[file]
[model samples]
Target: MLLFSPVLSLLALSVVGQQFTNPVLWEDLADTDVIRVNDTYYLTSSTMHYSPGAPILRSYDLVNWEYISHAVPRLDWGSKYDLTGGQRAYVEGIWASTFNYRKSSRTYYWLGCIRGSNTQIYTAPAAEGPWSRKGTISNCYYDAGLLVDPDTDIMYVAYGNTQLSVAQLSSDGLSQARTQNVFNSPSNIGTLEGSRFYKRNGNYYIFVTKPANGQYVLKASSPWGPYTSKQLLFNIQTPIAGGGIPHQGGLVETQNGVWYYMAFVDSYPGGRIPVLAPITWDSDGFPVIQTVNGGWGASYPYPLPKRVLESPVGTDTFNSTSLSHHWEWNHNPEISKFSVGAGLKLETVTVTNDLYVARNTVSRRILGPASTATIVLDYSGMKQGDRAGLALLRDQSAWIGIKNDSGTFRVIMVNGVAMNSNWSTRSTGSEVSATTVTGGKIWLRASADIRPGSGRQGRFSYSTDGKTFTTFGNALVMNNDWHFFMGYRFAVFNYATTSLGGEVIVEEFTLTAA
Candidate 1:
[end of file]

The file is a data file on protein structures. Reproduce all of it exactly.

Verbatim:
[model samples]
Target: MLLFSPVLSLLALSVVGQQFTNPVLWEDLADTDVIRVNDTYYLTSSTMHYSPGAPILRSYDLVNWEYISHAVPRLDWGSKYDLTGGQRAYVEGIWASTFNYRKSSRTYYWLGCIRGSNTQIYTAPAAEGPWSRKGTISNCYYDAGLLVDPDTDIMYVAYGNTQLSVAQLSSDGLSQARTQNVFNSPSNIGTLEGSRFYKRNGNYYIFVTKPANGQYVLKASSPWGPYTSKQLLFNIQTPIAGGGIPHQGGLVETQNGVWYYMAFVDSYPGGRIPVLAPITWDSDGFPVIQTVNGGWGASYPYPLPKRVLESPVGTDTFNSTSLSHHWEWNHNPEISKFSVGAGLKLETVTVTNDLYVARNTVSRRILGPASTATIVLDYSGMKQGDRAGLALLRDQSAWIGIKNDSGTFRVIMVNGVAMNSNWSTRSTGSEVSATTVTGGKIWLRASADIRPGSGRQGRFSYSTDGKTFTTFGNALVMNNDWHFFMGYRFAVFNYATTSLGGEVIVEEFTLTAA
Candidate 1: